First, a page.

The types of inhibitors or stimulators used in the present invention can vary by their physical characteristics and chemical structure. Typical molecules include soluble forms of the molecular markers of the invention, or fragments thereof, inhibitory proteins, such as antibodies, and particularly monoclonal antibodies, humanized antibodies, chimeric antibodies, polyclonal antibodies, and Fab2 fragments; inhibitory peptides, including protein fragments; chemical entities; small molecules; and short interfering RNAs that downregulate the expression of the markers. Short interfering RNAs are generally known in the art. See, for example, T. R. Brummelkamp et al., Science, 296, pages 550-553 (2002), the disclosure of which is incorporated herein in its entirety.

The terms “treat” or “treatment” are intended to include both prophylactic (vaccines) and therapeutic treatments, and generally denote the administration of a therapeutic agent to a subject having a disease or disorder, a symptom of a disease or disorder, or a predisposition toward a disease or disorder, for the purpose of preventing alleviating, relieving, reducing the symptoms of, altering, or improving the medical condition or disorder. The methods of treatment described herein may be specifically modified or tailored based on a specific knowledge of the subject obtained by pharmacogenomics, and other methods for analyzing individual drug responses to therapies.

A “therapeutically effective amount” of a pharmaceutical composition means that amount which is capable of treating, preventing, or reversing the symptoms of the medical condition or disease. A therapeutically effective amount can be determined on an individual basis and is based, at least in part, on a consideration of the particular species of mammal, for example, the mammal's size, the particular inhibitor or stimulator used, the type of delivery system used, and the time of administration relative to the progression of the disease. A therapeutically effective amount can be determined by one of ordinary skill in the art employing such factors and using no more than routine experimentation.

The terms “prevent” and “preventing” as used herein refer to completely or partially inhibiting a biological response, as well as inhibiting an increase in a biological response. For instance, the prevention of adhesion development refers to partially or completely inhibiting adhesion formation and adhesion reformation, as well as inhibiting an increase in adhesion formation and adhesion reformation.

The term “subject,” as used herein, means a human or non-human mammal, including but not limited to, a dog, cat, horse, cow, pig, sheep, goat, chicken, primate, rat, and mouse.

“Hypoxia” can be defined as a lack of oxygen to the cells and tissues, and this can disrupt the aerobic metabolism and synthesis of adenosine triphosphate (ATP) in cells, and hence the survival of the cells. Hypoxia can be simulated experimentally by limiting the amount of oxygen to the cells or tissue to, for instance, a 2% oxygen blanket in a controlled environment.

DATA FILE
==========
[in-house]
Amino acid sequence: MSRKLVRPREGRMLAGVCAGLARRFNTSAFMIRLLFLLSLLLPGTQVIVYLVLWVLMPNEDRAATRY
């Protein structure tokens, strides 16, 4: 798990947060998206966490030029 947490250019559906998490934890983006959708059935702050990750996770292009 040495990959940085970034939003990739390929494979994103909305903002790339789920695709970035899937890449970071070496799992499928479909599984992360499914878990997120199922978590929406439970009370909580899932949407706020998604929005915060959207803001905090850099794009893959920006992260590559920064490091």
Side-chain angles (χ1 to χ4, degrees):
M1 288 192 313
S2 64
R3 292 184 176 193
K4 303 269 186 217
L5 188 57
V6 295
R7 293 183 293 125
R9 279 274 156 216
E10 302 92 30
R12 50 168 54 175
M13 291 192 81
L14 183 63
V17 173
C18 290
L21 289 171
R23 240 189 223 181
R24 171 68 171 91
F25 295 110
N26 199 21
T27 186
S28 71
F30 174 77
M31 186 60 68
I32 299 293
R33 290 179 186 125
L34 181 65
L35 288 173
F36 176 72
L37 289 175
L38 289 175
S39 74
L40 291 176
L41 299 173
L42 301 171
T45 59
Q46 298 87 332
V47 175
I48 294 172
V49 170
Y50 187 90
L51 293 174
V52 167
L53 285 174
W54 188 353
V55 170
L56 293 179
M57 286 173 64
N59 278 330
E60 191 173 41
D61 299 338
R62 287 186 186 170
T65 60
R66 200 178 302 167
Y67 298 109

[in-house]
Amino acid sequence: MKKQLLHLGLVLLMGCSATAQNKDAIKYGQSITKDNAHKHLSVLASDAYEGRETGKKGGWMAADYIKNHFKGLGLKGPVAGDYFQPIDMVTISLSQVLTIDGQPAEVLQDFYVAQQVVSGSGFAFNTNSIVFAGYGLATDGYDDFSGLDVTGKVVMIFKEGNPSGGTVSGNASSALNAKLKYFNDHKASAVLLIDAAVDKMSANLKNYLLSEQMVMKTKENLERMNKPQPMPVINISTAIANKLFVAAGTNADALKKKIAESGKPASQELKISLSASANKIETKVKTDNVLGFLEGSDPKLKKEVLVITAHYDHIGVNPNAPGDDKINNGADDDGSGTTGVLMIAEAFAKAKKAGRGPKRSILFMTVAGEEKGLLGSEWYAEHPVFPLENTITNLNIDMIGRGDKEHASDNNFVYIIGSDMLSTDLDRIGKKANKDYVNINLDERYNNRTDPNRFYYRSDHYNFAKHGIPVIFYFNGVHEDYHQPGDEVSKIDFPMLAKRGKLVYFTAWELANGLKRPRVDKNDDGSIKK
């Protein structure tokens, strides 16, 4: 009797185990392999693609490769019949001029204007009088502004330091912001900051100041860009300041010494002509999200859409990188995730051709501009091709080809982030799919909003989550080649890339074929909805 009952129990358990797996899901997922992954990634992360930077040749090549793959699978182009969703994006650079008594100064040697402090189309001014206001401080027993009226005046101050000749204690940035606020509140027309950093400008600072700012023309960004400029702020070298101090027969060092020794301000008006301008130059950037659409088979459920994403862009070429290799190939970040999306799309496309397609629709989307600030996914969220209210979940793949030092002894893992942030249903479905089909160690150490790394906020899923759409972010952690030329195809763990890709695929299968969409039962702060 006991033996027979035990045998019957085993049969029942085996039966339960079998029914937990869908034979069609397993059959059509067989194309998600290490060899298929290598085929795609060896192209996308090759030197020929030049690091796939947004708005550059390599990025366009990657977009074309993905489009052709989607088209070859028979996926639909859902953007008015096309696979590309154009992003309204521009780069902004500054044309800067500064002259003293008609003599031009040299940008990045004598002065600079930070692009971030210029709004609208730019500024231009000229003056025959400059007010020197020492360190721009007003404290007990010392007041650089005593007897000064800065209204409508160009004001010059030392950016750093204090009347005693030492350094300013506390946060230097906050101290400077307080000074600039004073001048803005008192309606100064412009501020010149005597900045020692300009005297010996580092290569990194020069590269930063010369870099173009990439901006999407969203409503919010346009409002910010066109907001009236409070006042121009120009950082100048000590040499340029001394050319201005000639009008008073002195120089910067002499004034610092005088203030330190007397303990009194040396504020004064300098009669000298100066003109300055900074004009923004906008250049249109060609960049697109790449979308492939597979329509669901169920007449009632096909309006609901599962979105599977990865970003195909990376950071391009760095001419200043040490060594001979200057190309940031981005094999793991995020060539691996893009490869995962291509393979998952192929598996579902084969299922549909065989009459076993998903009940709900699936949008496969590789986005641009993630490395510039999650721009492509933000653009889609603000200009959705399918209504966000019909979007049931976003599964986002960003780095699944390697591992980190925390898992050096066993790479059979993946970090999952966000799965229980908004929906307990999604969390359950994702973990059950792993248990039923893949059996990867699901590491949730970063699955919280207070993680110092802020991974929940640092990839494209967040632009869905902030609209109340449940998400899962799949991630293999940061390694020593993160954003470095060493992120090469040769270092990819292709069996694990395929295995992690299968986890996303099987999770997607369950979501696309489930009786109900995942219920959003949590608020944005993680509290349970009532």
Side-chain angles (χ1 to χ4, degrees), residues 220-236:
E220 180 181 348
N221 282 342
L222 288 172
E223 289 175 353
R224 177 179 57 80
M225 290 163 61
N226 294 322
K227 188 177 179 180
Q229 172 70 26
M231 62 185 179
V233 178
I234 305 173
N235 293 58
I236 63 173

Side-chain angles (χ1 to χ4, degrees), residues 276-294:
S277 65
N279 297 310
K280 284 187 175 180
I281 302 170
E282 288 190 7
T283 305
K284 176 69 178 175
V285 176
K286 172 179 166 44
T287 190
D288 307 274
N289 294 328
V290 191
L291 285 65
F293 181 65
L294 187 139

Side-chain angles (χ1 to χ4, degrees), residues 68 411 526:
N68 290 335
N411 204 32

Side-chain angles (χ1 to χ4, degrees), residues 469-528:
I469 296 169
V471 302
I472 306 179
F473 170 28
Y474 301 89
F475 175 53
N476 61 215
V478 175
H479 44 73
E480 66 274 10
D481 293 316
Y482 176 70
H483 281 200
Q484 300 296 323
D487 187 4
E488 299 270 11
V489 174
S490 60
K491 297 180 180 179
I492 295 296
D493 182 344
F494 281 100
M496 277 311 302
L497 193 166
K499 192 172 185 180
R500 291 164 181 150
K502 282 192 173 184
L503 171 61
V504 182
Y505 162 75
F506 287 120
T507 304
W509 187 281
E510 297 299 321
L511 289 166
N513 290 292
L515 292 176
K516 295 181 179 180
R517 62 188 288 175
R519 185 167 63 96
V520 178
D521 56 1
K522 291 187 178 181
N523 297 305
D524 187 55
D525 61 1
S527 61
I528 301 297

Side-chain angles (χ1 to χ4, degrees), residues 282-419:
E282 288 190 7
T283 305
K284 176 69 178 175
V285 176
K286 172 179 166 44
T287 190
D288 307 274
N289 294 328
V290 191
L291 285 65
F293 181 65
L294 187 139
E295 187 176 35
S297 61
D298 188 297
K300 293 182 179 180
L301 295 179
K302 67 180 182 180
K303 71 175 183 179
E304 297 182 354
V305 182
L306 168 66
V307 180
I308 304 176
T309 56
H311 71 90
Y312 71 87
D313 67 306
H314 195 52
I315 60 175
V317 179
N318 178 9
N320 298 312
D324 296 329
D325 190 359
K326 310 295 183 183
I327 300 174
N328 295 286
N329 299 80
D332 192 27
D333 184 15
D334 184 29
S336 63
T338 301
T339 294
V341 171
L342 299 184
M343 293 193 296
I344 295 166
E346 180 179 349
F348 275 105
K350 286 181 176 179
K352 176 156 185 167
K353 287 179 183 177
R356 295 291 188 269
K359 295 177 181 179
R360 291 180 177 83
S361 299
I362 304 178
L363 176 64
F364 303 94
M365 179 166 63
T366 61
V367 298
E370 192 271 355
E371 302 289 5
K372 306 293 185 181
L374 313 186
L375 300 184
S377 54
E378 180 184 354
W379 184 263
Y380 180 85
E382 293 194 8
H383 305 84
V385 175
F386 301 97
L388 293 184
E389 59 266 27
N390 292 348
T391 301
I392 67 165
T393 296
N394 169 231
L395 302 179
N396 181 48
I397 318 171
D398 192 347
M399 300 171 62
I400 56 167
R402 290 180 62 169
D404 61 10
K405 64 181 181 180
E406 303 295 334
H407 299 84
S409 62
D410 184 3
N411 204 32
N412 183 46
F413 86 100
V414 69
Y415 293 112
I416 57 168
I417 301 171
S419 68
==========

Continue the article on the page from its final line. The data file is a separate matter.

The adhesion markers of the present invention include the following molecules: Caspase 2, Caspase 3 and Caspase 9, PPARα, PPARβ, PPARγ1 and PPARγ2; and NF-kappa B, as well as mixtures of the foregoing molecules.

The caspases are a family of proteases present in cells as latent enzymes. One subgroup of caspases is involved in apoptosis. A second subgroup of caspases is involved in processing a select group of cytokines, such as IL-1β and IL-1α. Caspases are thiol-proteases that cleave the carboxy terminal of aspirate residues. The caspases which are useful in the practice of this invention are, in particular, Caspase 2, Caspase 3 and Caspase 9.

The peroxisome proliferator-activated receptors (PPAR) are ligand-activated transcription factors that are related to retinoid, steroid and hormone receptors. PPARs are known to play a role in metabolism, cell proliferation, differentiation, adipogenesis and inflammatory signaling. The PPARs which are useful in the practice of this invention include PPARα, PPARβ, PPARγ1 and PPARγ2.

NF-kappa B protein is a transcription factor that is activated by proinflammatory signals or the engagement of Ag receptors.

Suitable inhibitors and stimulators of the molecular markers identified above can be formulated into compositions for the treatment of adhesions as described in more detail herein. The inhibitors of the invention include substances which are effective to inhibit or block the level of expression of the molecular marker on fibroblast cells at the site of the potential adhesion. Suitable inhibitory substances include substances effective to inhibit the molecule at the protein expression level, such as antibodies and antagonists; substances effective to inhibit activity at the mRNA translation level, such as antisense oligonucleotides; and substances effective to inhibit activity at the gene transcription level, such as oligonucleotides that bind to the gene promoter region. Although many such inhibitory substances are known to those skilled in the art, the invention is intended to encompass both known inhibitors, as well as inhibitors that may be subsequently discovered and elucidated.